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February 1, 2021 1:34 pm

Canadian Jewish Group Joins Legal Fight to Exempt Students From Paying Fees Towards BDS

avatar by Algemeiner Staff

A pro-BDS demonstration. Photo: FOA / Facebook.

A leading Canadian Jewish group has joined a legal effort seeking to protect Canadian college students from schools from being forced to fund the Boycott, Divestment, and Sanctions (BDS) movement.

The Ontario Court of Appeal has granted intervener status to B’nai Brith Canada in a case over whether the students can opt out of paying certain incidental fees at their institutions, which may go to groups supporting anti-Israel policies.

In November 2018, the Canadian Federation of Students (CFS) — the largest student association in the country — passed a motion to financially support BDS-promoting groups and encourage its members to support BDS themselves. In response, the Ontario provincial government passed the Student Choice Initiative policy, which allowed students to refrain from paying non-essential fees. The courts struck down the policy in November 2019, a ruling now under appeal.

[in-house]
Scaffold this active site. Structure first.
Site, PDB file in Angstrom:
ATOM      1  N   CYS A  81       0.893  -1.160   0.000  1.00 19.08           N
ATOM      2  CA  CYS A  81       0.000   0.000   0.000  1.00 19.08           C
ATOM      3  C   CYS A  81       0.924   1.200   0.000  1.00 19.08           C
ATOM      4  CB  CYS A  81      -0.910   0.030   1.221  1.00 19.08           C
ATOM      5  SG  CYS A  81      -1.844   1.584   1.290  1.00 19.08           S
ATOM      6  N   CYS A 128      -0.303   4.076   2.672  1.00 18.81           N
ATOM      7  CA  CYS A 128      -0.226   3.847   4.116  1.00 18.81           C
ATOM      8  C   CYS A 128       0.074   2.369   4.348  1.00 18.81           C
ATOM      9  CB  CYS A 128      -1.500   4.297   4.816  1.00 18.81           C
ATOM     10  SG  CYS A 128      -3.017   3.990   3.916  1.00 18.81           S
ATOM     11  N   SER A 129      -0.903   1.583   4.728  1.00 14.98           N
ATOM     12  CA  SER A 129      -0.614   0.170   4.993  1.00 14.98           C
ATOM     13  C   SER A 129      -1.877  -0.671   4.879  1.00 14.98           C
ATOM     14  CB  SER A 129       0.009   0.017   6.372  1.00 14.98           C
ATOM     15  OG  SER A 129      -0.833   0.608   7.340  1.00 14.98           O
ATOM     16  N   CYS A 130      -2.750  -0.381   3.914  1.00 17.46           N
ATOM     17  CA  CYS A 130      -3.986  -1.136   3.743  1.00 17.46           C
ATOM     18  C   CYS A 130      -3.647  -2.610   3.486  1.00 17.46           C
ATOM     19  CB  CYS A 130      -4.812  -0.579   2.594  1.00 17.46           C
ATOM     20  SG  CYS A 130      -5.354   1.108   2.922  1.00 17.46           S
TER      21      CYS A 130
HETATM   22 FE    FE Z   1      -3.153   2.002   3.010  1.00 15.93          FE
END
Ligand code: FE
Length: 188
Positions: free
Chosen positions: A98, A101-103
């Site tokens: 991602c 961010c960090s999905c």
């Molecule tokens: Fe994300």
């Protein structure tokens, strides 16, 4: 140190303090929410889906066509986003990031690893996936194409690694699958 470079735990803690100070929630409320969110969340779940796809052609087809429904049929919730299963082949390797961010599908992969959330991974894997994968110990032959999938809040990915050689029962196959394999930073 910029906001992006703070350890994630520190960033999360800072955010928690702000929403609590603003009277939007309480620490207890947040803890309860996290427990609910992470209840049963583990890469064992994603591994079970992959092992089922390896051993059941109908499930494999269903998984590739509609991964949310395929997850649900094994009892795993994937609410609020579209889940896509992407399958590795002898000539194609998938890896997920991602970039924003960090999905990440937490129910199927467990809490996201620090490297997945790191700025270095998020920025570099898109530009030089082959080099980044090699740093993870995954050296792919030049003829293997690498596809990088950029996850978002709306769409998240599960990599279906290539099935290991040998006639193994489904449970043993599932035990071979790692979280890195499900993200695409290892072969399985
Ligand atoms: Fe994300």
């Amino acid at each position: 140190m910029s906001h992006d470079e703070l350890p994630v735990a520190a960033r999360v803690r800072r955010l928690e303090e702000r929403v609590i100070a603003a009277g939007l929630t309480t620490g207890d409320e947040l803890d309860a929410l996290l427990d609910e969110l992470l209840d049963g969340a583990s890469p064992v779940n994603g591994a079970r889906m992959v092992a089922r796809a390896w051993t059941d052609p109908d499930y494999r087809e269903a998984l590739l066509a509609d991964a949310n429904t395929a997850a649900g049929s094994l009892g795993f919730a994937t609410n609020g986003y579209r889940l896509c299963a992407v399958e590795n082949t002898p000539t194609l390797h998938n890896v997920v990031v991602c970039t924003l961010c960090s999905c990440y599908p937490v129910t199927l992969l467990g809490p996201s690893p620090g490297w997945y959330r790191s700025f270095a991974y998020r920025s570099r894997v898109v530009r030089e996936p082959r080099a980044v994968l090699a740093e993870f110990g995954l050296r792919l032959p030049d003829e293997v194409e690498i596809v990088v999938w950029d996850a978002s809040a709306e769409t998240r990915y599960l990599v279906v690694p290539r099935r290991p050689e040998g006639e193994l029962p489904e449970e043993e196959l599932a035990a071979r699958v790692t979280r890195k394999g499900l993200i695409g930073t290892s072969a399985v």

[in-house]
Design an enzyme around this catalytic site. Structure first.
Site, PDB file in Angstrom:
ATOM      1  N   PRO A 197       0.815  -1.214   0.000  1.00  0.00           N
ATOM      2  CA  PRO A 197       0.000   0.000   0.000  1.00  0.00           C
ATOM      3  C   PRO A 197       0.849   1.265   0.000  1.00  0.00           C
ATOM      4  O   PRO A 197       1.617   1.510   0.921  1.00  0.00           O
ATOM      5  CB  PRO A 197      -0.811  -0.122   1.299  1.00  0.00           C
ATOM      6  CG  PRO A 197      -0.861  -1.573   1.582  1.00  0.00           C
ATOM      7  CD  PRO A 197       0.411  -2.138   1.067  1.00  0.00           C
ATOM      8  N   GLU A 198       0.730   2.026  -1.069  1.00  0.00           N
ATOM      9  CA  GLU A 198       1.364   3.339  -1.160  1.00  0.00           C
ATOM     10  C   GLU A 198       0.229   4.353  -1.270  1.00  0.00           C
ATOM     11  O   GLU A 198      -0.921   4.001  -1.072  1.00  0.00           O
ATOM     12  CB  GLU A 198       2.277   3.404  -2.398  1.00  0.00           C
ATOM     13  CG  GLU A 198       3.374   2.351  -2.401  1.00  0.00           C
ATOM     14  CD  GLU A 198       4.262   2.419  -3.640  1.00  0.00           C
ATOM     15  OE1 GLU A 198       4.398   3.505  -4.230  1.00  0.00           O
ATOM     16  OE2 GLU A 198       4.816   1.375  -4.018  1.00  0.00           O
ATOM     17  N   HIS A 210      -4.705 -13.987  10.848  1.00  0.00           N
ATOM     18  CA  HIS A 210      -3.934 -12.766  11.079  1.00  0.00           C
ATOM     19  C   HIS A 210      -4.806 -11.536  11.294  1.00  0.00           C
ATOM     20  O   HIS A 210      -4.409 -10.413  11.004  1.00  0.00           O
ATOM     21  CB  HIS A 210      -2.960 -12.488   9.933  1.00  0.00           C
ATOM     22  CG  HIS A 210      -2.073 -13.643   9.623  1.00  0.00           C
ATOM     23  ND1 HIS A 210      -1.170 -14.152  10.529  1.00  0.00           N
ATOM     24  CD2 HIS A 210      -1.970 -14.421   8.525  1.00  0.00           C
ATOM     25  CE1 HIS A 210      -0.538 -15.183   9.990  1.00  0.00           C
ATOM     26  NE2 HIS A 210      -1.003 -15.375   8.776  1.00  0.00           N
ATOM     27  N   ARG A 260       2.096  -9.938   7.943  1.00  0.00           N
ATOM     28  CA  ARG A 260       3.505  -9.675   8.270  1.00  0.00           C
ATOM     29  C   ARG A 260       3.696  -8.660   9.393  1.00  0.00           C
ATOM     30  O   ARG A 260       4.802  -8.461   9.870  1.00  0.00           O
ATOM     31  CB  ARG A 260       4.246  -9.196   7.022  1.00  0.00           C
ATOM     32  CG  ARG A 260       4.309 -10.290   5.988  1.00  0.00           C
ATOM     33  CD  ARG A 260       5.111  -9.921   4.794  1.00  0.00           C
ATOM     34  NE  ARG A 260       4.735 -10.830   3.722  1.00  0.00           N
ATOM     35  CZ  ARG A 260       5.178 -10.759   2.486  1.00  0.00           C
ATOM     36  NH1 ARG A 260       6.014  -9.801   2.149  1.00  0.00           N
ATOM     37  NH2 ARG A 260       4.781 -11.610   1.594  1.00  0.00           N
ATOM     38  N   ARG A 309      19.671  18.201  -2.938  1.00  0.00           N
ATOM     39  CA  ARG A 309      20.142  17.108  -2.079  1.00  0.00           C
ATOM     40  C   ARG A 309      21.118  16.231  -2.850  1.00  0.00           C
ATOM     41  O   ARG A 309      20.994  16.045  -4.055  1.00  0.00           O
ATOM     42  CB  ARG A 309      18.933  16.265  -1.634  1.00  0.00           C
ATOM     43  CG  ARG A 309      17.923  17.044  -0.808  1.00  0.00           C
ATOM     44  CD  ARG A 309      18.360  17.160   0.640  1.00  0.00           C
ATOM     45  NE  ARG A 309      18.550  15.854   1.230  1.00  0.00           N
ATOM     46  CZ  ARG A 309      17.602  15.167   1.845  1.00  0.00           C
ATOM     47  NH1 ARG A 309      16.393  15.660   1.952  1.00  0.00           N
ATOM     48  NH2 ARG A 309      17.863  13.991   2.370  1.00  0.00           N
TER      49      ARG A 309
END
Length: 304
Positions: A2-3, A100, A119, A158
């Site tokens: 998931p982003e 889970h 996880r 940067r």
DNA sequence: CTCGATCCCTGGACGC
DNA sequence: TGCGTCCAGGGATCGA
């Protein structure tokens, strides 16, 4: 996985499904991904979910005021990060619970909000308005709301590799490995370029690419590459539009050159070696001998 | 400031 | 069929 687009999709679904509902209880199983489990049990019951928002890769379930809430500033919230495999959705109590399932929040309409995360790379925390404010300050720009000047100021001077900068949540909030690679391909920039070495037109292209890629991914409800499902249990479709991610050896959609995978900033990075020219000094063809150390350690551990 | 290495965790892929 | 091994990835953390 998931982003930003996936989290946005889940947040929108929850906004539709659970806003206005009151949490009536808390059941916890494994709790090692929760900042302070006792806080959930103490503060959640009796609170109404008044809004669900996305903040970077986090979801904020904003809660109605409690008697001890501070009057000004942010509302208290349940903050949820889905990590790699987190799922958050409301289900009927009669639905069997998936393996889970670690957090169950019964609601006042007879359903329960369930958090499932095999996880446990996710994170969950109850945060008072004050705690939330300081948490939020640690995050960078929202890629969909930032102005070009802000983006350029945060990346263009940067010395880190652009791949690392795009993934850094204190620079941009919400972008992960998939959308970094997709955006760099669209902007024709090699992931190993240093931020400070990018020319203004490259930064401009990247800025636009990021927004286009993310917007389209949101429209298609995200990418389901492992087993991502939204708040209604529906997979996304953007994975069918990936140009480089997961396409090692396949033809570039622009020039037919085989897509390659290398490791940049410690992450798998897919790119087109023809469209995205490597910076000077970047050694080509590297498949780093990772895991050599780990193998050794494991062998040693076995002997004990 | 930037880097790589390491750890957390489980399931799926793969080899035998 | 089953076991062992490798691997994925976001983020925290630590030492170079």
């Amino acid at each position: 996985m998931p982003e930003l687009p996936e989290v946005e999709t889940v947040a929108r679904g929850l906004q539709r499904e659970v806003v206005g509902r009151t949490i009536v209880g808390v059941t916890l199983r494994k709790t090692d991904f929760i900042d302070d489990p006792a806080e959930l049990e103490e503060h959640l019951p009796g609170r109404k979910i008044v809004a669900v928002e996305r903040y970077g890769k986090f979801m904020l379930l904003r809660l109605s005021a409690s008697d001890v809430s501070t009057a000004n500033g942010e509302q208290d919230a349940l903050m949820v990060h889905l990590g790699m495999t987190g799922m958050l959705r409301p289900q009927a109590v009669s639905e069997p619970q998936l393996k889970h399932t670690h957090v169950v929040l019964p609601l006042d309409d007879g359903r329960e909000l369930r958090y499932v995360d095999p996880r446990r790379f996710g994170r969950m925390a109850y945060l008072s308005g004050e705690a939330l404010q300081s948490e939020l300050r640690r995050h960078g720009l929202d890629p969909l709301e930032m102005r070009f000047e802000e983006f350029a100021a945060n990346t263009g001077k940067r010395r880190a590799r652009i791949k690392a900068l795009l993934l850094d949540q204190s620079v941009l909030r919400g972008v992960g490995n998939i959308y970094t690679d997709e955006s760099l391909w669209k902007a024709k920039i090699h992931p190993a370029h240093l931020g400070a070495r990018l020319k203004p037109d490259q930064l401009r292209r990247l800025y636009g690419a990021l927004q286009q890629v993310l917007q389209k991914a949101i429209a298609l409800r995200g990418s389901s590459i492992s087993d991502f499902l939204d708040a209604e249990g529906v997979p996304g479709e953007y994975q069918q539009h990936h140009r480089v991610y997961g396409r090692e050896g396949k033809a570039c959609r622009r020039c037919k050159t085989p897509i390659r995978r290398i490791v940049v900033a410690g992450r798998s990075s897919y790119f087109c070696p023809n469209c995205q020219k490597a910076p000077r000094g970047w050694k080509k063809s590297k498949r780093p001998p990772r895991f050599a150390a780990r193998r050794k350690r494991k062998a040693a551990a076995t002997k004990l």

CFS has led the legal effort against the the Student Choice Initiative, claiming that making fees optional would hurt their efforts to support students. But in joining the government’s side, B’nai Brith argues that Ontario students should have the right to spend their money as they see fit — and to avoid diverting it to causes that run contrary to their beliefs.

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Michael Mostyn, Chief Executive Officer of B’nai Brith Canada, said, “CFS claims to represent all students, but we are here to give voice to the thousands of students who do not feel represented by them and have made it clear that they want no part in funding what this organization is financing. The court must also take their perspective into account, and we will do our part to ensure that it does.”

Mostyn said, “This is very clearly a freedom-of-conscience issue, and it goes far beyond the Jewish community.”

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